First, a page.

Once you’ve trained your boss, your team, and yourself, you’ll be able to be fully present wherever you are, which will, in turn, improve your personal relationships, your mental and physical health, and the quality of your work.

Ask For Help

This is one of those things that is so simple, but not so easy. Asking for help is very difficult for a lot of people (myself included). The reasons vary; some don’t want to feel like a burden, others don’t want to admit they can’t do it all, and others fear the consequences. Ironically, being able to ask for help is one of the hallmarks of a great leader. It’s also a key ingredient to curing burnout.

Start with the areas in your life where you feel the most overwhelmed or burnt out. If the problem is at work, sit with your boss and explain your situation. Ask for their help in identifying what is most important and what can potentially be put on the back burner for a while. If everything is urgent (which everyone feels like but is rarely the case), ask for temporary help from a colleague or contractor.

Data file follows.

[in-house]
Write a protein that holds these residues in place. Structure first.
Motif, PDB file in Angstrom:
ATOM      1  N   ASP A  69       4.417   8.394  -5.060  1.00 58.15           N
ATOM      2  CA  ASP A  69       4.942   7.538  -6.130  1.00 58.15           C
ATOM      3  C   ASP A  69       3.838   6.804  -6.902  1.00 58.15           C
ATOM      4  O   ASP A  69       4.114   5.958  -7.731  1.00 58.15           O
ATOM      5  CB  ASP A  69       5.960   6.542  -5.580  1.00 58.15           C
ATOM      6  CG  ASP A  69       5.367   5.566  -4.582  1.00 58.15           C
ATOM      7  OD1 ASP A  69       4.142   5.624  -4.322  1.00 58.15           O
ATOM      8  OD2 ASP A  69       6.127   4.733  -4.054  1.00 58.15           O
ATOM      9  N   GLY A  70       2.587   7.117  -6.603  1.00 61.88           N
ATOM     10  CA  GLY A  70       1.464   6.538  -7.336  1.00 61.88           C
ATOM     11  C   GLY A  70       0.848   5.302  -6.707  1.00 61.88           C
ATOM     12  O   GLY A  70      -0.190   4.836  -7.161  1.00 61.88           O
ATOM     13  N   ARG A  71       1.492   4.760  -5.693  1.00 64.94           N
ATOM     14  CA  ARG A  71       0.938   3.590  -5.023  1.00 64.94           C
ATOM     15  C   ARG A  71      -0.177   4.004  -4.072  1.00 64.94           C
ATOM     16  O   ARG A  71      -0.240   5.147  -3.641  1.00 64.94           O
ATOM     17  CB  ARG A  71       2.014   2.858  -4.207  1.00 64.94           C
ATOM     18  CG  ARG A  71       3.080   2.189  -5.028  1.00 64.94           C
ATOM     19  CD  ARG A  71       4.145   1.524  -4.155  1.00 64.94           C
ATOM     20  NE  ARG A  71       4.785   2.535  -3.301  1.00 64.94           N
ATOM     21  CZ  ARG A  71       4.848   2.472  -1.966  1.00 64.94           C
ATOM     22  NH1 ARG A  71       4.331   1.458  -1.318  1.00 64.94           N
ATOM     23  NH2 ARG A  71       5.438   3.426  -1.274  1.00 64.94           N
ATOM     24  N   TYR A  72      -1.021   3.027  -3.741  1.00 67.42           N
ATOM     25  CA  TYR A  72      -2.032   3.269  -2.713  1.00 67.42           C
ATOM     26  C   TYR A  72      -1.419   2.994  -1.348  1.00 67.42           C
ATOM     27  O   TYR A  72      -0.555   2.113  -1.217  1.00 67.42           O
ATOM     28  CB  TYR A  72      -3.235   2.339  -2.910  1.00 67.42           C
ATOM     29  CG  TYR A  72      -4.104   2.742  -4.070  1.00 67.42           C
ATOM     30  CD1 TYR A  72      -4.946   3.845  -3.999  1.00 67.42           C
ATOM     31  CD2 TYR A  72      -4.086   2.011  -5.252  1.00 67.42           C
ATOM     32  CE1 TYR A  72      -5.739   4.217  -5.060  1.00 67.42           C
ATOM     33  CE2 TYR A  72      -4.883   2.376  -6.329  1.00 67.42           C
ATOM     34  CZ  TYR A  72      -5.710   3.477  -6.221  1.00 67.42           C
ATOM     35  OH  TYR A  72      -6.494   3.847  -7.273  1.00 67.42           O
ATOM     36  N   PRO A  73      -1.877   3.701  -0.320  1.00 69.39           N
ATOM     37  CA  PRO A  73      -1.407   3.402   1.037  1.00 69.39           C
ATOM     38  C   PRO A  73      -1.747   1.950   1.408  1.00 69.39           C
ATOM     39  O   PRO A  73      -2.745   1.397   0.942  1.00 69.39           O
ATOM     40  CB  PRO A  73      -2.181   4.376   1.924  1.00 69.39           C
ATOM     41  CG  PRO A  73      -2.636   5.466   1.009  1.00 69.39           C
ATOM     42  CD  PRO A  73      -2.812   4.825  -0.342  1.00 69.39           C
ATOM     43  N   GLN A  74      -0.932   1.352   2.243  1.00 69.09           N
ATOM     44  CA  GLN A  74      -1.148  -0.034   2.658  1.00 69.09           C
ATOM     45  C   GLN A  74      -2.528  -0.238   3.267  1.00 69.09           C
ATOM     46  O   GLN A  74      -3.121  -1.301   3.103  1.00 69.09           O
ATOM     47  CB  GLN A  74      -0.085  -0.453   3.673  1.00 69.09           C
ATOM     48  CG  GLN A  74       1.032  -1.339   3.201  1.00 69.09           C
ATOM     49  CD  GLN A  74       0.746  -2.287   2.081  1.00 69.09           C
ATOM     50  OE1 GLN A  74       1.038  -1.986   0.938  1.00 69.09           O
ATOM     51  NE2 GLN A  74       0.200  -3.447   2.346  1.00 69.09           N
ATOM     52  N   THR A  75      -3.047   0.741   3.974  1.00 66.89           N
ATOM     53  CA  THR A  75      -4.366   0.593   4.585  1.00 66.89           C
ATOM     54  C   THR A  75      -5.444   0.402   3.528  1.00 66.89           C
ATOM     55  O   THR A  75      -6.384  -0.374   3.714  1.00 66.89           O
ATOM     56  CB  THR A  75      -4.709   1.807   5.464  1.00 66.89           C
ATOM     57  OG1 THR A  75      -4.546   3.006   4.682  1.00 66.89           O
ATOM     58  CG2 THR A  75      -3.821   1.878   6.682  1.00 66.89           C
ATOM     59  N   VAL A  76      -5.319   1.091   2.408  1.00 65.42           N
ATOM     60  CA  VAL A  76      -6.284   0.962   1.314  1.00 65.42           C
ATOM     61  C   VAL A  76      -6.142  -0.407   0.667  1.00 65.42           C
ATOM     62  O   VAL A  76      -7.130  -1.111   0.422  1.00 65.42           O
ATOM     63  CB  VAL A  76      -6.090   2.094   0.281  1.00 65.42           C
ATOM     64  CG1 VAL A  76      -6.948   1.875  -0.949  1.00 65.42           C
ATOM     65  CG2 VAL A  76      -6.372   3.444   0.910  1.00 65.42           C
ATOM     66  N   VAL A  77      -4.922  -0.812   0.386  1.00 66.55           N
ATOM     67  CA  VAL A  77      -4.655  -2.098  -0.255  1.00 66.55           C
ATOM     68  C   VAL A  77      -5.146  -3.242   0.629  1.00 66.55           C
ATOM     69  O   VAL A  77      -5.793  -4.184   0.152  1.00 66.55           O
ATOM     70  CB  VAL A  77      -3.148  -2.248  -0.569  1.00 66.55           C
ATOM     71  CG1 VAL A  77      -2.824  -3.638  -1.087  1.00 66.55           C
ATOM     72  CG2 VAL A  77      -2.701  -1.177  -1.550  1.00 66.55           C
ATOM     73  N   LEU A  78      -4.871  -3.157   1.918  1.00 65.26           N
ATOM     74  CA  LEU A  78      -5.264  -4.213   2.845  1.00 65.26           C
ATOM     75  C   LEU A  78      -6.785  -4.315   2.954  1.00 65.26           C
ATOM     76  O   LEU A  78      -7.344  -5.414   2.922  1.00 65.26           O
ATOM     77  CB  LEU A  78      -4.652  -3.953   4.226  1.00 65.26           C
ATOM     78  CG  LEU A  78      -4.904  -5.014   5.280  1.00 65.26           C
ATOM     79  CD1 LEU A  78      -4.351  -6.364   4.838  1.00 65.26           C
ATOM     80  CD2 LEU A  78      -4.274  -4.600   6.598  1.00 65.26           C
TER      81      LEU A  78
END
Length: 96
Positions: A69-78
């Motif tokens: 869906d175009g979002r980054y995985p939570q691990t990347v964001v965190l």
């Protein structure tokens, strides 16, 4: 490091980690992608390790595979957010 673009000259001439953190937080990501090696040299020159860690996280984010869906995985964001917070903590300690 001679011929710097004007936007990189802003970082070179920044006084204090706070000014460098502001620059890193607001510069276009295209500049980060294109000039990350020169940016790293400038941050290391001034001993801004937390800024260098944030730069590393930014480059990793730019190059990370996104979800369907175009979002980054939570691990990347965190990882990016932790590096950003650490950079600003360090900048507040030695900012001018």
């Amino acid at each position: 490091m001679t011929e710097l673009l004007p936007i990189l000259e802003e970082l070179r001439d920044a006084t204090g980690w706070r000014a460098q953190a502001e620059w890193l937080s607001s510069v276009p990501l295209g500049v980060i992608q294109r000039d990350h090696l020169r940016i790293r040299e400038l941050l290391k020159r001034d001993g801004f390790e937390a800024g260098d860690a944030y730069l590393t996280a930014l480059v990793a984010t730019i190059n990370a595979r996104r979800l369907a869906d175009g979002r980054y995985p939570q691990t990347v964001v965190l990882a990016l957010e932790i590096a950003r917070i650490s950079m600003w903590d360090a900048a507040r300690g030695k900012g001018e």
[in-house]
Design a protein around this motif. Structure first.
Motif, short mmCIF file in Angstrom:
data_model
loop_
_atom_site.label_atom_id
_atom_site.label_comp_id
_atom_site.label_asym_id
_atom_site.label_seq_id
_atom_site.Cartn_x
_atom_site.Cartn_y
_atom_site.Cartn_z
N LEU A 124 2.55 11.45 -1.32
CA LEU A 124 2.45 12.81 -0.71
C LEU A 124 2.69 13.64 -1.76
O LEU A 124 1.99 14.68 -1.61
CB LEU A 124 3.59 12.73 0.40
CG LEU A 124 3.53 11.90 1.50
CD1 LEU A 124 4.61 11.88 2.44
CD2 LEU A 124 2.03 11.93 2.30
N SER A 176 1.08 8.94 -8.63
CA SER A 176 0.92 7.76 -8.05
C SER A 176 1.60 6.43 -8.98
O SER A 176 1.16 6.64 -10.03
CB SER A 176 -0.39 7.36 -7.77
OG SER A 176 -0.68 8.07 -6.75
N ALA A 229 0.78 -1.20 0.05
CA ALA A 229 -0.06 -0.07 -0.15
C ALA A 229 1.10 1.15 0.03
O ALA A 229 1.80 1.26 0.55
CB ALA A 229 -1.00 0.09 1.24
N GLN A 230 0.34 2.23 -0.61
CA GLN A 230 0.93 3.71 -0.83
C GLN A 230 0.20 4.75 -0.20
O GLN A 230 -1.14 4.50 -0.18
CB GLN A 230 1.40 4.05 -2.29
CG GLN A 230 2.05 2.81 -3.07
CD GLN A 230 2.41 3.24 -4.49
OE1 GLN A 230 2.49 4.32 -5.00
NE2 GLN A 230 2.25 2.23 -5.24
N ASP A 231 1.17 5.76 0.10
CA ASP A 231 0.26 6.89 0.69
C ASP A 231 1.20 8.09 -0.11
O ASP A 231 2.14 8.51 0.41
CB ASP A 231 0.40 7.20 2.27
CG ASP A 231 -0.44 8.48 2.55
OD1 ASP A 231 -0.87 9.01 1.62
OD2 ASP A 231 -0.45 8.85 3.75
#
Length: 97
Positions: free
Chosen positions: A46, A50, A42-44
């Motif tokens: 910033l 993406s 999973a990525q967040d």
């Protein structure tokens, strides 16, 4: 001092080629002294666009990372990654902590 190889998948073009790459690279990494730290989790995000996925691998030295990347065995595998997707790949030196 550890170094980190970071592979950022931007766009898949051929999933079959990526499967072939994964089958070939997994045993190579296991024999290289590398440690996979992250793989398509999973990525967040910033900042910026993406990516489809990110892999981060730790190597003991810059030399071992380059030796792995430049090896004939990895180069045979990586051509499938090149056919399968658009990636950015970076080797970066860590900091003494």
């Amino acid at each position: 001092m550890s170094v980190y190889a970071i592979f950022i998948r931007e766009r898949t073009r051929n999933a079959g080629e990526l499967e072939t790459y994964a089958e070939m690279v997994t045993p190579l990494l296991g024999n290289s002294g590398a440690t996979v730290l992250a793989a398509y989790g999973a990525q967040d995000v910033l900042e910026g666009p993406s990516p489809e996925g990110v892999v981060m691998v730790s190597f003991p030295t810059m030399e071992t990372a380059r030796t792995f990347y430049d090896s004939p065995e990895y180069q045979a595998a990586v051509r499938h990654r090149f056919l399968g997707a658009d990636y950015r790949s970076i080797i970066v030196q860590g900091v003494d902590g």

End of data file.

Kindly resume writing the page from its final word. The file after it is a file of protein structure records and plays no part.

If your burnout is a result of an imbalance between work and home, ask for help with enforcing the boundaries you’ve made and enlist others to share the burden. Children can (and should) help with household chores, spouses can take on dinner prep half of the time, and if you work at home simply making a ‘Do Not Disturb’ sign for your home office can help minimize the clash between your roles in the home and on the job.


Just because you can do it all doesn’t mean you should. Women are especially guilty of stretching themselves far too thin as they try to be great mothers, good housekeepers, attentive wives, and rockstar employees. It’s possible to be great at all of those things without doing everything yourself! Take an inventory of your life and make a list of the things you can get someone else to do.

Hire a cleaning service, get a personal assistant for 10 hours a week to run all your errands, or sign up for a meal kit subscription. You’d be amazed at how affordable it can be to take a few things off your plate, and it pays dividends in your ability to be present and actually enjoy your life.

Prioritize Your Health